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Posts Tagged ‘science’

The Osher Center at Vanderbilt will be offering a professional development program in mindfulness facilitation starting on February 10.

I’ll be guest teaching as my schedule permits. The name of the program is “Professional Development in Mindfulness Facilitation, Diving Deep, Giving Back.” This promises to be an excellent program, worth checking out. Full information is here.

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Saturday, November 5, 9 a.m. – Noon
Nashville Friends House

Lisa Ernst, meditation teacher and founder of One Dharma Nashville, and Terry Huff, LCSW, psychotherapist specializing in adults with ADHD and author of Living Well with ADHD, will offer a meditation workshop on meditation and ADD/ADHD. The workshop will include lecture, practice, and discussion and will address the following:

1. Why meditate?
2. Basics of practice
3. Different practices for
a. selective attention (focusing)
b. open awareness (expanding)
c. compassion (for self and other)

Research shows that mindfulness practice improves concentration, attention regulation, self-observation (of mental activity), working memory, and emotion regulation.

The workshop location is Nashville Friends House, 530 26th Ave N. Cost is $60 and includes a copy of Terry’s new book, Living Well with ADHD. Registration deadline is October 28. Workshop cost is $70 after this date. Payment can be made by paypal at this link. If paying by check, instructions are here.  A reduced fee is available to anyone who can’t afford the full fee.

Contact ernst.lisa@gmail.com or tmhuff@comcast.net to inquire.

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Want to take part in a brief online mindfulness study? Sara Eckstein, who has participated in a number of One Dharma workshops, is doing her PhD dissertation on mindfulness and has created a research questionnaire. She needs people to participate — if you’d like to help, here’s the info:

When you take a moment to slow down and smell the roses, you are engaging in mindfulness. Mindfulness can be defined as intentionally focusing on what you are feeling, thinking or doing in the present moment. When practicing mindfulness, you simply allow your experience to be exactly as it is, rather than judging it or trying to change it. Research has shown promising results about mindfulness being very helpful in stress reduction, pain management, and even ADHD symptom alleviation.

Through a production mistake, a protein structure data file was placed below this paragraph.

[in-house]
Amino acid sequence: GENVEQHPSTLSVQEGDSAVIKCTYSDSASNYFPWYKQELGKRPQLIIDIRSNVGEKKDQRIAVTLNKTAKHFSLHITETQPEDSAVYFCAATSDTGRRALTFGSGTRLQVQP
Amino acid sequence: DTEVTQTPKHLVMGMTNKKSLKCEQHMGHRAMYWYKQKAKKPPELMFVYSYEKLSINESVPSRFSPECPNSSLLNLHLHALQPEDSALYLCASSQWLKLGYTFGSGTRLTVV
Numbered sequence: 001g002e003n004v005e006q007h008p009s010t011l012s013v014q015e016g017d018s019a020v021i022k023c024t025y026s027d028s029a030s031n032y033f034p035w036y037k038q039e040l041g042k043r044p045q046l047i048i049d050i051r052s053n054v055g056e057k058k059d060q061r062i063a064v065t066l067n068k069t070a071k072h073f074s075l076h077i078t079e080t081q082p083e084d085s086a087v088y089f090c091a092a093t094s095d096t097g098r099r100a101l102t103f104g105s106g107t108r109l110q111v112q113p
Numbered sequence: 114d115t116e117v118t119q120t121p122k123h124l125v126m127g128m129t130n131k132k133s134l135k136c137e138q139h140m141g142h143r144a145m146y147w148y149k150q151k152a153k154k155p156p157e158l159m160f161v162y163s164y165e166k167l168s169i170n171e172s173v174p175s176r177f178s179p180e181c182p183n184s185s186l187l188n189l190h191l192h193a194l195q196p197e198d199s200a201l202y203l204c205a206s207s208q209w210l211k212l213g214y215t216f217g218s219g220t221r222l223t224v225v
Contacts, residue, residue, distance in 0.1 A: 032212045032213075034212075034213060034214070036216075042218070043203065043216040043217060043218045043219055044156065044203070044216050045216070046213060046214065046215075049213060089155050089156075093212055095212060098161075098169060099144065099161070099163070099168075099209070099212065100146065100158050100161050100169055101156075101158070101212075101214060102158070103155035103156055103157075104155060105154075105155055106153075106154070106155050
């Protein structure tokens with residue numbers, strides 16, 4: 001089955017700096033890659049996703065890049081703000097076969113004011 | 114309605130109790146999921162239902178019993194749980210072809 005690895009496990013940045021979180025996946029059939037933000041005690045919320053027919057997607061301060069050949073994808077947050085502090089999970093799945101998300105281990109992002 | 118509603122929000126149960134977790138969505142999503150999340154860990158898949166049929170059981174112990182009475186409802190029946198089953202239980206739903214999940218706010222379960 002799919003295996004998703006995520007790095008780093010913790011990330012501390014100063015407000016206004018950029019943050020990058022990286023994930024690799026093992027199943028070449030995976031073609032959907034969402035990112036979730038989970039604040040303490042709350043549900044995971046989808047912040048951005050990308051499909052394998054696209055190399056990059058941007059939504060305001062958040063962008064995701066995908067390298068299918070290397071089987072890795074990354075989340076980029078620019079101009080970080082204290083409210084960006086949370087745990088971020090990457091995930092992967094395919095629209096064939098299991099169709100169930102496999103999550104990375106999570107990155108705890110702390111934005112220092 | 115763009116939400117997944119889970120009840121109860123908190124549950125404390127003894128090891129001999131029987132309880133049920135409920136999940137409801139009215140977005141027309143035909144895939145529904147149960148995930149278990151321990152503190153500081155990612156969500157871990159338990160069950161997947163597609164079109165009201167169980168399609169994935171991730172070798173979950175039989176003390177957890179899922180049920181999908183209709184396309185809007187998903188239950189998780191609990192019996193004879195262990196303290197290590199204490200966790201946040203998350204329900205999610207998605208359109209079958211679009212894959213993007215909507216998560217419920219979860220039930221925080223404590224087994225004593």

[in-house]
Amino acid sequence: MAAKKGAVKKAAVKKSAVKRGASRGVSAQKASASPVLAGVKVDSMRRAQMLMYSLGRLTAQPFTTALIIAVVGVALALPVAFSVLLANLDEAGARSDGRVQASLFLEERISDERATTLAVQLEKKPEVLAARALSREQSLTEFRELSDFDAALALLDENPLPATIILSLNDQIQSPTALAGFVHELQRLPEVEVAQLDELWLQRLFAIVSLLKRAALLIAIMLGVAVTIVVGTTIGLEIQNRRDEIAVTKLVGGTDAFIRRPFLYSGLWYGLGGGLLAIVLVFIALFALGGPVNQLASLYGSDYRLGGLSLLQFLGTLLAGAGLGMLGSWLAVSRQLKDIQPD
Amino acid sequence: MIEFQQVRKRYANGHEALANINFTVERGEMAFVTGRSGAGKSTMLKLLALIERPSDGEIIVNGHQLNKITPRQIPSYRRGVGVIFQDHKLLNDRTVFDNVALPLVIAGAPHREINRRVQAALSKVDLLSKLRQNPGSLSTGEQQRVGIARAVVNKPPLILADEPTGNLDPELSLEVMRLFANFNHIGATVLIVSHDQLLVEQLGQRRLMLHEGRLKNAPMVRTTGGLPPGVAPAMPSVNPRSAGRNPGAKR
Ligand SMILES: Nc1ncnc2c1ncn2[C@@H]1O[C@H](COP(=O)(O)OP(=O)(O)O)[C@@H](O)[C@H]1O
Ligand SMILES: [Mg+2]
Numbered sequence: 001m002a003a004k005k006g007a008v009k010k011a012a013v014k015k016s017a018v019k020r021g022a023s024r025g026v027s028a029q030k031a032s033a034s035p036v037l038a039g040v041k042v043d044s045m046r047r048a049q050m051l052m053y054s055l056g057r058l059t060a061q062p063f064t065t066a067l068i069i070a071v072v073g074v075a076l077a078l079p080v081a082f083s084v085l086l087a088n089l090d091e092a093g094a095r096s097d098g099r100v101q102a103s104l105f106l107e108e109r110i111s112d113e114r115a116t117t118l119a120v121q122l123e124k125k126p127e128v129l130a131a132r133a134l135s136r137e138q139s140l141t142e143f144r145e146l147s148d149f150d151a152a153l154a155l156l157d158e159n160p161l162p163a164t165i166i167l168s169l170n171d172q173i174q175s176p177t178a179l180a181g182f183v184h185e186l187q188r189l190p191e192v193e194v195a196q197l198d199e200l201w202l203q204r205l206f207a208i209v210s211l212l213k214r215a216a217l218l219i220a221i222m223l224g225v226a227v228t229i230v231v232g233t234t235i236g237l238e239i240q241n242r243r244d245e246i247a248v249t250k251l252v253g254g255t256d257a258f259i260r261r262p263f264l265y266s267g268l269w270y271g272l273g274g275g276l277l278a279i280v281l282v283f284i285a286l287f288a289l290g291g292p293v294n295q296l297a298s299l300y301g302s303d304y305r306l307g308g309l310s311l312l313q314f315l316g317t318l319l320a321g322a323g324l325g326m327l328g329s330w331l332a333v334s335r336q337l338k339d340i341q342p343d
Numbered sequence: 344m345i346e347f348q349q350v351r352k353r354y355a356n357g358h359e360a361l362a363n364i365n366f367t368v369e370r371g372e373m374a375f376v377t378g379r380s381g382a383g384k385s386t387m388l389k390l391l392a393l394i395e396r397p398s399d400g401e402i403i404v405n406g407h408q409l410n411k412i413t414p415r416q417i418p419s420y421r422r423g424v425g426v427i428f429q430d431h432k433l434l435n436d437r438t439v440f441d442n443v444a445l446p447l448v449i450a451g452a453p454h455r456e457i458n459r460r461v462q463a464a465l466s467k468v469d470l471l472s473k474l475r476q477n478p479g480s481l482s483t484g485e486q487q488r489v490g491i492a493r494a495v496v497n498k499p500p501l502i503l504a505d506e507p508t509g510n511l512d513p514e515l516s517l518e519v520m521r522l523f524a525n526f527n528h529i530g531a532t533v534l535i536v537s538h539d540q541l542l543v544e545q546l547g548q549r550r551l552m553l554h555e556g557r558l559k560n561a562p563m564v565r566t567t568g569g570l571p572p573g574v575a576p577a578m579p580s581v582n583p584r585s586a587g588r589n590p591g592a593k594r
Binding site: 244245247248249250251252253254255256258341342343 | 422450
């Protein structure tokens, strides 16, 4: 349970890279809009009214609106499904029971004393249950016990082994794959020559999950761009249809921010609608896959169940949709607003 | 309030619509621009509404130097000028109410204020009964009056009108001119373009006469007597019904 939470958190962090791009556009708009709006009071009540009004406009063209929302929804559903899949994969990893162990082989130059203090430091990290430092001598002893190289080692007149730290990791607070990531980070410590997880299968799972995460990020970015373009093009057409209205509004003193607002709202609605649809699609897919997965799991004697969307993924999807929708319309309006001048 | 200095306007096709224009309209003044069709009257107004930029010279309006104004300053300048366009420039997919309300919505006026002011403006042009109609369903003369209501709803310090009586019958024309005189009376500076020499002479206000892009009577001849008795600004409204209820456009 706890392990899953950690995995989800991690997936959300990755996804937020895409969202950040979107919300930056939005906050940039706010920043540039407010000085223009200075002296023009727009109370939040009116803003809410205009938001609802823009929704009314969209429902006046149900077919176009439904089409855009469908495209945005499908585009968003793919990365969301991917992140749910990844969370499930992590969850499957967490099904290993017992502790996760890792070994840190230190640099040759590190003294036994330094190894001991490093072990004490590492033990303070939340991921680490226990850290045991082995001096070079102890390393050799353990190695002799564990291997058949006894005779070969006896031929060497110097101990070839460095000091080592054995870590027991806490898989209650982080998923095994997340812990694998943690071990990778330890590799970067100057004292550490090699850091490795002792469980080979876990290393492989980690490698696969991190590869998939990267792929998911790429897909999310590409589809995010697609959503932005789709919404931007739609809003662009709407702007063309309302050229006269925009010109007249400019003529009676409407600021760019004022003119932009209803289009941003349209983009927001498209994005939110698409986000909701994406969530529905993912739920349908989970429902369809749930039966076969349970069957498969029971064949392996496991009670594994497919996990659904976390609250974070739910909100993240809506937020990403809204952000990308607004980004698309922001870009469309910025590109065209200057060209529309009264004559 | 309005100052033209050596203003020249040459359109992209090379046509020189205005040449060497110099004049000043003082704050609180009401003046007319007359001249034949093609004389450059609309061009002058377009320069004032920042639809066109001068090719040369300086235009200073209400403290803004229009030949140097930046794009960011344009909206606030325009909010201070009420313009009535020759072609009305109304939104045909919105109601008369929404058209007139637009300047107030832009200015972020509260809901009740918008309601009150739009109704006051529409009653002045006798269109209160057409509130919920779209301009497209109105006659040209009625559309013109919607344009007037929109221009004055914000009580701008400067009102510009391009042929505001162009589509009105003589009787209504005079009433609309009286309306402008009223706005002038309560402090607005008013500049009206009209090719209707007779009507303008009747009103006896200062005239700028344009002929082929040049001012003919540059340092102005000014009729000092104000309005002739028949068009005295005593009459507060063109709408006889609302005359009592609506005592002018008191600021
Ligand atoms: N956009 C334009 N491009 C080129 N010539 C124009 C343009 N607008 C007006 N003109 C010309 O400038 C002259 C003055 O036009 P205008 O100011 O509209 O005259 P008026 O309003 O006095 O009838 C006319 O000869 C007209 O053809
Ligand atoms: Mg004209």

The present study invites you to complete a 10-15 minute online survey related to your thoughts about mindfulness. Participants will be entered into a drawing to win a $25 VISA gift card. This study hopes to assess what individuals in the modern world think about mindfulness so we can better understand reasons why people may be more or less willing to practice it. This research is important because it can help inform a variety of mindfulness-based treatments so they are more effective for a diverse range of individuals with unique preferences.

Eligibility: The only requirement for eligibility is that you must be an American adult. No prior knowledge of mindfulness is required.

If you are willing, please click on this link to complete this brief, confidential survey. Feel free to share this link with others so they can also complete the survey as well. If you have additional questions or concerns contact Sarah Eckstein, M.S., at seckstei1134@gmail.com.

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